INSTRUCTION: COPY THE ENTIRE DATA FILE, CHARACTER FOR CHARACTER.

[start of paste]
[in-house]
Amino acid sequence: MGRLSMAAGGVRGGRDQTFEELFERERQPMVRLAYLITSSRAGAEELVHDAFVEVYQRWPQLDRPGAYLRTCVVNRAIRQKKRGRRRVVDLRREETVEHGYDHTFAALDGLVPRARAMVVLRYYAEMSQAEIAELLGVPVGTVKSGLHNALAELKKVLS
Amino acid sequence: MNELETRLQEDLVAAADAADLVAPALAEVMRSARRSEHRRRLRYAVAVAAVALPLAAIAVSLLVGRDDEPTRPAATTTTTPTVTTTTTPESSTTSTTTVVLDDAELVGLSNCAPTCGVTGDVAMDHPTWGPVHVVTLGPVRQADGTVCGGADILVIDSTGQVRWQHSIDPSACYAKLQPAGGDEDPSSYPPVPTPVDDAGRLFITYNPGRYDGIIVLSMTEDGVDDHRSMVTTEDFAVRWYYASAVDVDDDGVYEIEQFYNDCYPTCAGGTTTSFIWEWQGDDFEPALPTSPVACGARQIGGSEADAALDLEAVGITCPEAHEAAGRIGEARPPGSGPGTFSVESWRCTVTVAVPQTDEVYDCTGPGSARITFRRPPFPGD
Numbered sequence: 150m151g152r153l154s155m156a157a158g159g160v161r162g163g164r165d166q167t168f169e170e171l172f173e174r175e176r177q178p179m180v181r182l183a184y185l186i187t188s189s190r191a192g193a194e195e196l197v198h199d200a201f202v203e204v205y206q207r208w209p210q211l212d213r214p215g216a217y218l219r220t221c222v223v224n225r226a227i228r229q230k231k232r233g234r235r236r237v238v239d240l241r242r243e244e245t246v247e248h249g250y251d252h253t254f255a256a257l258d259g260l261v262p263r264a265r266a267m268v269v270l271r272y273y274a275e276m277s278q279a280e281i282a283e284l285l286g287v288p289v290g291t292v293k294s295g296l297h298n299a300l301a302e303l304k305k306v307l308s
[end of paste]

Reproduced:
[in-house]
Amino acid sequence: MGRLSMAAGGVRGGRDQTFEELFERERQPMVRLAYLITSSRAGAEELVHDAFVEVYQRWPQLDRPGAYLRTCVVNRAIRQKKRGRRRVVDLRREETVEHGYDHTFAALDGLVPRARAMVVLRYYAEMSQAEIAELLGVPVGTVKSGLHNALAELKKVLS
Amino acid sequence: MNELETRLQEDLVAAADAADLVAPALAEVMRSARRSEHRRRLRYAVAVAAVALPLAAIAVSLLVGRDDEPTRPAATTTTTPTVTTTTTPESSTTSTTTVVLDDAELVGLSNCAPTCGVTGDVAMDHPTWGPVHVVTLGPVRQADGTVCGGADILVIDSTGQVRWQHSIDPSACYAKLQPAGGDEDPSSYPPVPTPVDDAGRLFITYNPGRYDGIIVLSMTEDGVDDHRSMVTTEDFAVRWYYASAVDVDDDGVYEIEQFYNDCYPTCAGGTTTSFIWEWQGDDFEPALPTSPVACGARQIGGSEADAALDLEAVGITCPEAHEAAGRIGEARPPGSGPGTFSVESWRCTVTVAVPQTDEVYDCTGPGSARITFRRPPFPGD
Numbered sequence: 150m151g152r153l154s155m156a157a158g159g160v161r162g163g164r165d166q167t168f169e170e171l172f173e174r175e176r177q178p179m180v181r182l183a184y185l186i187t188s189s190r191a192g193a194e195e196l197v198h199d200a201f202v203e204v205y206q207r208w209p210q211l212d213r214p215g216a217y218l219r220t221c222v223v224n225r226a227i228r229q230k231k232r233g234r235r236r237v238v239d240l241r242r243e244e245t246v247e248h249g250y251d252h253t254f255a256a257l258d259g260l261v262p263r264a265r266a267m268v269v270l271r272y273y274a275e276m277s278q279a280e281i282a283e284l285l286g287v288p289v290g291t292v293k294s295g296l297h298n299a300l301a302e303l304k305k306v307l308s